No one wants to waste money, but some of us go overboard trying to get the best possible deal.
I have spent nearly as much time researching which hiking socks to buy as I have choosing a new car. Others of my species — we’re called “maximizers” — might miss locking in a good mortgage interest rate while waiting for a better one. Our determination to make the optimal choice means we’re often plagued by buyer’s remorse as well as decision paralysis.
Maximizers are the polar opposite of “satisficers,” people who make decisions once they’ve found an acceptable choice. Maximizers’ high standards mean we often get better outcomes, such as jobs that pay more, says financial therapist Kristy Archuleta, associate professor of financial planning at the University of Georgia. But maximizers also have more anxiety about making decisions, which can lead to second-guessing our choices or being unable to choose at all.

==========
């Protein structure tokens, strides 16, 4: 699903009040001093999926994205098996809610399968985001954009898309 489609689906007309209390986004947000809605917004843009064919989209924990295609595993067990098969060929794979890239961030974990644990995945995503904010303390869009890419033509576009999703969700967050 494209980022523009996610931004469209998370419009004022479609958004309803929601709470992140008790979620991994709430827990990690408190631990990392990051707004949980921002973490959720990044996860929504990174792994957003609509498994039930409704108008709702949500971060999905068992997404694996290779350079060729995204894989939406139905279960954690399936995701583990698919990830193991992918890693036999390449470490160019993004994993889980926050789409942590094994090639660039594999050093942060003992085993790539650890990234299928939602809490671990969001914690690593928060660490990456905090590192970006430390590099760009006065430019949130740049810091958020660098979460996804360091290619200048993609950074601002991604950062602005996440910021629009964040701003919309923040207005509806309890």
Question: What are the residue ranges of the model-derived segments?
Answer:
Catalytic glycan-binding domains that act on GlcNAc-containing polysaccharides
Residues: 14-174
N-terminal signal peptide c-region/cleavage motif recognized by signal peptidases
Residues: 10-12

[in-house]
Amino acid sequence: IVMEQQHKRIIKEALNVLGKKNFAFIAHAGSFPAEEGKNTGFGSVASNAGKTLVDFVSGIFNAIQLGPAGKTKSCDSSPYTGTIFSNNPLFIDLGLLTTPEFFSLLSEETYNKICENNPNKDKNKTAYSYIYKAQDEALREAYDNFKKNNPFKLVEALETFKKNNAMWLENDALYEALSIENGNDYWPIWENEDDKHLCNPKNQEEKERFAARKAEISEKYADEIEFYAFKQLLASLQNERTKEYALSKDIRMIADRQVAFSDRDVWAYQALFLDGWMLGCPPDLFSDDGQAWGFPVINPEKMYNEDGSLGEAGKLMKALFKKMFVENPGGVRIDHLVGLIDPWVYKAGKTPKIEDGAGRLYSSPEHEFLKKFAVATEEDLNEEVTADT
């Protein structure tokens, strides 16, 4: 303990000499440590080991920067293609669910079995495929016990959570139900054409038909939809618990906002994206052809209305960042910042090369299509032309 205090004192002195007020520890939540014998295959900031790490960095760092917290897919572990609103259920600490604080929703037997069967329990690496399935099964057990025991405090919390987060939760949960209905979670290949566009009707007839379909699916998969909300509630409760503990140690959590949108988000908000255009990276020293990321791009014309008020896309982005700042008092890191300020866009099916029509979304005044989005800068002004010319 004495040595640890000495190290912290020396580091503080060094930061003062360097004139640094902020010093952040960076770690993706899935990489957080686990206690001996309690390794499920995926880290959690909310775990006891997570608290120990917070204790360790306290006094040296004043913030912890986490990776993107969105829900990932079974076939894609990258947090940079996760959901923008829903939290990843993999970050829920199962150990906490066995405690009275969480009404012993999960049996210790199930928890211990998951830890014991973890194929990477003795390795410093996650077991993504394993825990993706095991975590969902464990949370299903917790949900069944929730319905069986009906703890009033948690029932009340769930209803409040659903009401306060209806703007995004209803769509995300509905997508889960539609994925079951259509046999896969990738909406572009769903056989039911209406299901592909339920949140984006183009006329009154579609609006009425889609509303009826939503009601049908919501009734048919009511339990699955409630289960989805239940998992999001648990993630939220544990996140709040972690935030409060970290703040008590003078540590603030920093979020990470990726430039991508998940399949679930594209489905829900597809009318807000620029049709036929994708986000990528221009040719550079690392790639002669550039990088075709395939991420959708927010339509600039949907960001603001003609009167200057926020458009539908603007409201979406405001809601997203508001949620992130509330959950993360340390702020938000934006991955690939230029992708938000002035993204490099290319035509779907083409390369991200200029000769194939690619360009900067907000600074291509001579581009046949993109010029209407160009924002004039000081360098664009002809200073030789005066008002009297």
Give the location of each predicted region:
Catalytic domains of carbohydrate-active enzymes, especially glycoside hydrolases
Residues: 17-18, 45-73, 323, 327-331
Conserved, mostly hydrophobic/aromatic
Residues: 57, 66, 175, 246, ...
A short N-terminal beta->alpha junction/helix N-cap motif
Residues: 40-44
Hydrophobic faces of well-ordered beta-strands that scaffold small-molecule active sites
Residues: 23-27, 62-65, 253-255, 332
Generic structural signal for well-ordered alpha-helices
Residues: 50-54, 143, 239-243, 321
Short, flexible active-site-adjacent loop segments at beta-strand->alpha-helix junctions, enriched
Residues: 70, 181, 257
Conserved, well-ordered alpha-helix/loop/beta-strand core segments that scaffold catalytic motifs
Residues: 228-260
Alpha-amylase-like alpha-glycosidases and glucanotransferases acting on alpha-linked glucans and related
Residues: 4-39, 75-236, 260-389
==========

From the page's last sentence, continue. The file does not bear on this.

“Because you’re always trying to look for what’s the best possible decision or the best possible choice you can make, you can become stressed about it,” Archuleta says. “The more choices you have, the harder it is to make a decision.”
Satisficers don’t have that issue. (“Satisfice,” a combination of “satisfy” and “suffice,” was coined by economist and psychologist Herbert Simon in 1956.) Satisficers have more modest standards for making choices. They may research, but only to find an option that achieves their goal. They’re generally pleased with their choices and don’t worry that there might have been a better one.